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Secondary hypercalcemia due to iatrogenic Cushing in a cat
Cats are known to have a much higher corticosteroid-tolerance than other species, especially dogs. But it is also possible to cause severe metabolic aberrations with chronic parenteral corticosteroid applications in this species, as this very impressive case report shows.

A 9-year-old, spayed female domestic shorthair cat presented for polyphagia, polydipsia, and polyuria following chronic methylprednisolone acetate therapy for pruritus.

Initial diagnostics were consistent with uncomplicated diabetes mellitus. Serum calcium was within reference range.

Within 12 hours the cat developed depression, anorexia, vomiting, and severe dehydration. Laboratory analysis indicated marked hypercalcemia as measured by both ionized and total calcium concentration. No underlying neoplastic or inflammatory process was identified.

An adrenocorti-cotropic hormone stimulation test was indicative of adrenocortical insufficiency. The hypercalcemia resolved with glucocorticoid supplementation and correction of the dehydration.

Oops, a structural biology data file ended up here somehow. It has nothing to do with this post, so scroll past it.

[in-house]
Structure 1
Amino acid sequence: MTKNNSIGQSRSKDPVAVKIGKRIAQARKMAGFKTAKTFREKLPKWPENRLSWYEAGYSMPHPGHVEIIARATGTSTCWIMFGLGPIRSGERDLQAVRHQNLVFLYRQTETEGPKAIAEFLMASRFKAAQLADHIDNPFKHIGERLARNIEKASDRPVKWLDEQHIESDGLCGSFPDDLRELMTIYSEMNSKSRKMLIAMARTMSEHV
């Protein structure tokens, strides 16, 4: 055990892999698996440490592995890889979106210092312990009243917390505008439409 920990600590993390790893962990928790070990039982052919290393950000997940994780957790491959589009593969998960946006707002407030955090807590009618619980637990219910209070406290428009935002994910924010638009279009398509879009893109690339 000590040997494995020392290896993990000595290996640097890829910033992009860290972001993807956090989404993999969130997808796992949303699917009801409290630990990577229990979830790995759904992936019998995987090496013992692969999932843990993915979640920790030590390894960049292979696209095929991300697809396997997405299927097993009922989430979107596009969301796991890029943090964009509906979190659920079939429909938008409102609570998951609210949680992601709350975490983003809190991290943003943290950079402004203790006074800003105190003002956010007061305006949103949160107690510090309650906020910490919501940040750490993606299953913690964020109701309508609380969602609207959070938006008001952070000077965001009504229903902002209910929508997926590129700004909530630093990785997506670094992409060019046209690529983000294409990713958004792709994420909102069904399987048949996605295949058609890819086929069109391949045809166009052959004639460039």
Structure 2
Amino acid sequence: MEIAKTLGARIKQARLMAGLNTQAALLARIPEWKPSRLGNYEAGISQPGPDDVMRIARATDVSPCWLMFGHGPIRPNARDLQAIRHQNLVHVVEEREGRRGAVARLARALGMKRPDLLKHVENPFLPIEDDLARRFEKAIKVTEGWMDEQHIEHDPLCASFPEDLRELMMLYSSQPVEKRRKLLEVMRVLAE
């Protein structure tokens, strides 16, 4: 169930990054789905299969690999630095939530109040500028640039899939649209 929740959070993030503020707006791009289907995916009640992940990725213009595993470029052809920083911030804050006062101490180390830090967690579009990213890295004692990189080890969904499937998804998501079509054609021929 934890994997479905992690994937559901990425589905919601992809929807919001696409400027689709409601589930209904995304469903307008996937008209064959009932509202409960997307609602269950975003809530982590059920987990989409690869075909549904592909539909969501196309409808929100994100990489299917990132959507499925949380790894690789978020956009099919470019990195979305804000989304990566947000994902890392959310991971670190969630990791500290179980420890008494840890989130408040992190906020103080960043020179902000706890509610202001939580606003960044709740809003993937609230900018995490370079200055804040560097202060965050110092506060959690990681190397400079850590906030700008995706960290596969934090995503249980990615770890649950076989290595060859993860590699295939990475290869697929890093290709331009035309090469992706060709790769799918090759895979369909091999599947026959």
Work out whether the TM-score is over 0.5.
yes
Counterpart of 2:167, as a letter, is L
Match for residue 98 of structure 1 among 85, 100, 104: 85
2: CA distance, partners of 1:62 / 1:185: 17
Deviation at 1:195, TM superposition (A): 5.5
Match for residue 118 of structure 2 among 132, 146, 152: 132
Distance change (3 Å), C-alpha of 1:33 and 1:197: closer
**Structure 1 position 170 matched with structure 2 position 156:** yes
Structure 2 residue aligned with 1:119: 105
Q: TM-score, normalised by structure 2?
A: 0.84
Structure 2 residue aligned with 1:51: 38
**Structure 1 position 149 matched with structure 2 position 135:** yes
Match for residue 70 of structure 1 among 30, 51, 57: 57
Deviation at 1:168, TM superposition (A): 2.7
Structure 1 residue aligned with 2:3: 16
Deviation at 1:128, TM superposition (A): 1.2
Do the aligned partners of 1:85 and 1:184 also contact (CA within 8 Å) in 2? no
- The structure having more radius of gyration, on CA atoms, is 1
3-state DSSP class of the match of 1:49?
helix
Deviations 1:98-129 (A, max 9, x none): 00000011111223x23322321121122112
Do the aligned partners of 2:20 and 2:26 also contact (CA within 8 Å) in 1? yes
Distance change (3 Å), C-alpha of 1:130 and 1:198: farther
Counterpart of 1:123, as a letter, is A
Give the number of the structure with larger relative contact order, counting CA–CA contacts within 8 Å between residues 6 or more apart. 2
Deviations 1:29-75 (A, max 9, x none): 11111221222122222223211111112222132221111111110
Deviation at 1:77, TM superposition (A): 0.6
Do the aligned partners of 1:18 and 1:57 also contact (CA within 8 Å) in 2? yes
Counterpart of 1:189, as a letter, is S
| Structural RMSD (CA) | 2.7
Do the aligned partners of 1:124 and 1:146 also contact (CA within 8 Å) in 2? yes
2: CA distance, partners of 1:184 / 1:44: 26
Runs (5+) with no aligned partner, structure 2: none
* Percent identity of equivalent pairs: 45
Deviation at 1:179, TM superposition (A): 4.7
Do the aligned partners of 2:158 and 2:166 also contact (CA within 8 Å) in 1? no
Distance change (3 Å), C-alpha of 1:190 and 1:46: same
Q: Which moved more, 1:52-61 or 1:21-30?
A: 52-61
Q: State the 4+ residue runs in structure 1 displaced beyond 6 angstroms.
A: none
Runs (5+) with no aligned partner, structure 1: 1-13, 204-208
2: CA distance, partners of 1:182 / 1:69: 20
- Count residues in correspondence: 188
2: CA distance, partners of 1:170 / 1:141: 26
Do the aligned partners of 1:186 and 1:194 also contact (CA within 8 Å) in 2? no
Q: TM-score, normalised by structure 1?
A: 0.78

The diabetes mellitus and adrenal insufficiency both resolved within 9 weeks.



Source: Stephanie A. Smith, Lisa C. Freeman, Mary Bagladi-Swanson (2002): Hypercalcemia Due to Iatrogenic Secondary Hypoadrenocorticism and Diabetes Mellitus in a Cat. In: Journal of the American Animal Hospital Association 38:41-44 (2002)



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SMALL ANIMAL PRACTICE

Reference intervals for blood parameters in Shetland Sheepdogsmembers
Several breeds have physiological peculiarities that induce variations in reference intervals (RIs) compared with the general canine population. Shetland sheepdogs (SSs) are reported to be more predisposed to different diseases (eg, hyperlipidemia, gallbladder mucocele, and hypothyroidism). Consequently, a breed‐specific approach is more often required. Thus, the aim of this study was to determine whether the RIs of the general canine population could be applied to that of SSs, and to generate breed‐specific RIs, where appropriate.

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